Raise Your Predictability IQ

One element that separates great businesses from the merely good ones is the ability to make accurate predictions

June 04, 2015
Predicting the future with a crystal ball.

Some things in our day-to-day lives are more predictable than others. For example, most people can predict the amount of time it takes for their morning routine, and some can predict their regular monthly expenses to within a few dollars. Given access to a sufficient amount of relevant data, even more complex predictions can be made with remarkable accuracy, such as declaring the outcome of a political election after only a small percentage of votes have been counted. 

The opposite is also true. We like to think that we can predict next week’s weather or the level of traffic on a particular driving route, but we often get such predictions wrong.

In our daily lives, we depend on accurate predictions to plan and communicate with others. And when we’re unsure, we adapt with built-in tolerances. For example, we may allow an extra 10 minutes for a familiar driving route if we’re unsure about traffic conditions.

One element that separates great businesses from the merely good ones is the ability to make accurate predictions. Predictions about cost and weather affect your ability to produce the work as sold and meet the schedule as promised. Predictions about new hires and employee development affect team performance and plans for growth. And predictions about profitability are critical to overall company management.

Whenever I want to get better at something, I find that it helps to make a list of reasons that answer the question “Why?” Here are seven reasons why you should improve your skill at predicting. It will:

1) Reduce stress;

2) Enable the right investments in time and money;

3) Help you make better decisions;

4) Win trust in your leadership and vision;

5) Create alignment both within and outside your company;

6) Provide for a more meaningful dialogue;

7) Improve effectiveness and ROI.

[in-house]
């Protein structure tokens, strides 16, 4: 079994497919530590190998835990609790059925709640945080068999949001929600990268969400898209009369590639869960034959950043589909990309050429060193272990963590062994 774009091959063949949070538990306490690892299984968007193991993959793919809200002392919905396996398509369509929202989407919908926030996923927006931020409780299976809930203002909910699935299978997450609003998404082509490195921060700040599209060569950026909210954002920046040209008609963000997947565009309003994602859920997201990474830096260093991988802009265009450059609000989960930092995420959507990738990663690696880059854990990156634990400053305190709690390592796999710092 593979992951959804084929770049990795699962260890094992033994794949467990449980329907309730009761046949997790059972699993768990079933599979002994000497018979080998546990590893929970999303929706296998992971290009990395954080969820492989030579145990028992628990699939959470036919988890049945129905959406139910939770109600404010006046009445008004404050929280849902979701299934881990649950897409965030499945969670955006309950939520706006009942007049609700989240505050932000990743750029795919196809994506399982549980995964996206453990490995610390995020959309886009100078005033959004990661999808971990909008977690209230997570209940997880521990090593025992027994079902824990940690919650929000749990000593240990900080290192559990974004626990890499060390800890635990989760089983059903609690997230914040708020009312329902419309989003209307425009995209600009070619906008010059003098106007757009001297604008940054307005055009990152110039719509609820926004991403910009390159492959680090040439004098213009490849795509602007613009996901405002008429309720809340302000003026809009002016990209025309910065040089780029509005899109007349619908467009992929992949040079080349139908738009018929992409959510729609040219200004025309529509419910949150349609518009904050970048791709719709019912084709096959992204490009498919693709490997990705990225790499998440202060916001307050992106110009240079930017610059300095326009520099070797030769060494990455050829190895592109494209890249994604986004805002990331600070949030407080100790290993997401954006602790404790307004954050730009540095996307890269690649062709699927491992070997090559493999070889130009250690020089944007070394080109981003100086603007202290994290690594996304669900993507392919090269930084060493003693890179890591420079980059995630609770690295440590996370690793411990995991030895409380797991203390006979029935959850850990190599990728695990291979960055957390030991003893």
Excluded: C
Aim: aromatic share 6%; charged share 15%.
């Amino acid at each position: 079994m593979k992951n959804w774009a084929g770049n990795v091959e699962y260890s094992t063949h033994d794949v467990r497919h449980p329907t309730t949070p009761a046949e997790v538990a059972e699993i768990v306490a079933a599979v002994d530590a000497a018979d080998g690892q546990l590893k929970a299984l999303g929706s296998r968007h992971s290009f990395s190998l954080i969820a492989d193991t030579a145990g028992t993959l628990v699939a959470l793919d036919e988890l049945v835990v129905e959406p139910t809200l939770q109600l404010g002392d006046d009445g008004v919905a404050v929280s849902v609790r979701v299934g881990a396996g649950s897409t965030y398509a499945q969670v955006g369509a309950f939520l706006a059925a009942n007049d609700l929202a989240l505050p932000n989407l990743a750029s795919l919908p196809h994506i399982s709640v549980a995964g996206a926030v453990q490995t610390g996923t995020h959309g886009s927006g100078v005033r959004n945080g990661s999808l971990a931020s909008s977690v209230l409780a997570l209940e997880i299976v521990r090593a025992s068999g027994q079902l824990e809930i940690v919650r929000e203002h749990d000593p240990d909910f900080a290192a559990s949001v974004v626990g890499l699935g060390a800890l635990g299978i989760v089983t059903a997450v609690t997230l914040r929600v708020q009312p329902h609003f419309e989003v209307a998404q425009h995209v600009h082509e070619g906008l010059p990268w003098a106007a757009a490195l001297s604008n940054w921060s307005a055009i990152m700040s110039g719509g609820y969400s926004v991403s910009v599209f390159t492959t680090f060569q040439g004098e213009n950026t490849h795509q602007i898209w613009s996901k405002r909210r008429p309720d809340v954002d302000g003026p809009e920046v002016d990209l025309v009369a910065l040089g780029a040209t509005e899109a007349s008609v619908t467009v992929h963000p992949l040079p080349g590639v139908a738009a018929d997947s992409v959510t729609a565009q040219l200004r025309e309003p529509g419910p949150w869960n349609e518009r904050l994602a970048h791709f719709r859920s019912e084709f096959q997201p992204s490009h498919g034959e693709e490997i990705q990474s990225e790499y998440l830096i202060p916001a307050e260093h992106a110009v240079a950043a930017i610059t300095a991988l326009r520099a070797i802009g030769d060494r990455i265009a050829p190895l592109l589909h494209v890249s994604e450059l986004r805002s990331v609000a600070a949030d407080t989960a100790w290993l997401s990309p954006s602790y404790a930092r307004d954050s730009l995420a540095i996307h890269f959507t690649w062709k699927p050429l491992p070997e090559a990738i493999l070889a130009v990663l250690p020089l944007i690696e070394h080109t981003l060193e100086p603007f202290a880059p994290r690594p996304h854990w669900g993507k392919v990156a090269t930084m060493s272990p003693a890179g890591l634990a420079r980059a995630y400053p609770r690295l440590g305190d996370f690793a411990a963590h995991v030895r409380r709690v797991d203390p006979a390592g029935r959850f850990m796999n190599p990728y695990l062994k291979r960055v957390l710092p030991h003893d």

Better Predictions

Having good reasons helps, but you need to take specific steps to improve your ability to make more accurate business predictions.

  • Know your numbers. The more data you have at your disposal and the better you understand it, the easier it will be to draw accurate conclusions. The data may include lead sources and client demographics, or close rates from individual salespeople or project types, or average job size and recurring expenses. Ideally, you should be familiar with your historical data going back at least three years—and don’t be afraid of what you find; knowing that something is off track is better than not knowing at all.
  • Make predicting fun. I used to create games for members of my team around making predictions. My goal was both to hear their ideas on particular business initiatives or metrics, but also to get them to think more about forecasting. Incentives can help. For example, you could give a prize for the prediction that comes closest to the actual result. Skill at making predictions varies among individuals, but predictive skill can be learned and mastered.
  • Create alignment within the team. One business theme that I often relate to making predictions is “aggressive but realistic.” Predictions must be aggressive and challenge the status quo, but unless they’re realistic, they deteriorate into fantasy. A sales team that produces an aggressive but realistic total sales prediction for the following month is more likely to engage in a useful thought process and discussion and may come closer to producing the desired results.
  • Make accurate predictions a priority. Those whose performance matches their prediction deserve as much or more praise as those whose performance exceeds their prediction. It’s hard to complain if someone consistently exceeds their prediction, but it also makes it more difficult to plan. If profit is consistently 5 percent higher than predicted, that’s a good thing, but it may also represent some lost opportunity.
  • Hold people accountable. The CEOs of publicly traded companies sometimes lose their jobs because they missed a projection. I’m not suggesting a do-or-die approach, but there should be some accountability for the accuracy of your team’s predictions. If there are no consequences to getting it wrong, then the results won’t be as reliable as they could be. And accountability isn’t limited to sales; it can be related to expenses, schedule, or even client experience.

If you want to take your business to the next level, then master the science of prediction. Not only will you likely experience great success, you will also find the journey to be much more fulfilling and enjoyable. PR

Mark Richardson, CR, is an author, columnist, and business growth strategist. He authored the best-selling book, How Fit is Your Business? as well as his latest book, Fit to Grow. He can be reached at mrichardson@mgrichardson.com or 301.275.0208.

 

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